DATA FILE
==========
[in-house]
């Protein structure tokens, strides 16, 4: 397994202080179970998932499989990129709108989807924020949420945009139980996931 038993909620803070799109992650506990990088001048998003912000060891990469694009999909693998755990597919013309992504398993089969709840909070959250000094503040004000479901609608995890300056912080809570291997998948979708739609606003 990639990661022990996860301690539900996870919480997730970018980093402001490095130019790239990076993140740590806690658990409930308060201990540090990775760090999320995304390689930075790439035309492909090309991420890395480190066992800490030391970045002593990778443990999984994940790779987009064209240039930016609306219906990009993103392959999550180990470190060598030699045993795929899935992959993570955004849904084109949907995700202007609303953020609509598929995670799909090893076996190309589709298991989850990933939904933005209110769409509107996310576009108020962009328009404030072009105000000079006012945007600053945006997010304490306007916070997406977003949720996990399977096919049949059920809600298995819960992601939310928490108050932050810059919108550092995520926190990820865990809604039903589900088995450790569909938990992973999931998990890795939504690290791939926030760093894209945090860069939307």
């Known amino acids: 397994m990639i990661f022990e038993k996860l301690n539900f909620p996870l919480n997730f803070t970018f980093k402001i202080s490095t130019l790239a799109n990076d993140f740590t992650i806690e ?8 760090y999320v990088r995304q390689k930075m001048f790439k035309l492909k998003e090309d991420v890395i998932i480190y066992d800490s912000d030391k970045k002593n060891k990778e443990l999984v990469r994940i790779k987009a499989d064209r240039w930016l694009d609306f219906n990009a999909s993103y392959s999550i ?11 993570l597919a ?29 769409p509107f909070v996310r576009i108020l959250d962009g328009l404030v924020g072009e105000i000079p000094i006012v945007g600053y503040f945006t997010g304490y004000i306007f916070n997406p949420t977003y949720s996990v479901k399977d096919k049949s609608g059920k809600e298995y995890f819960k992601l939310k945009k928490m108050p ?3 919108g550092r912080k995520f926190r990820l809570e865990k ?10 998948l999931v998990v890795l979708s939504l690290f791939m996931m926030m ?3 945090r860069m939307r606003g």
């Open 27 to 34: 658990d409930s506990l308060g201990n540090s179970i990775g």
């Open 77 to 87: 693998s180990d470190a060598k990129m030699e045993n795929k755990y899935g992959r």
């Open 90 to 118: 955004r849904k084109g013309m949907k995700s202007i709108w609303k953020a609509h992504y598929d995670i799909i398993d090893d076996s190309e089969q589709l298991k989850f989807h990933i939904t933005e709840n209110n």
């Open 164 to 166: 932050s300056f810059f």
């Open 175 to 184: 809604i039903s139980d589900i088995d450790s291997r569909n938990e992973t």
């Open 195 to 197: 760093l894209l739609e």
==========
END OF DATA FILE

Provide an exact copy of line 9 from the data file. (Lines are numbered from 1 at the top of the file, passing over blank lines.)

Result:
């Open 195 to 197: 760093l894209l739609e």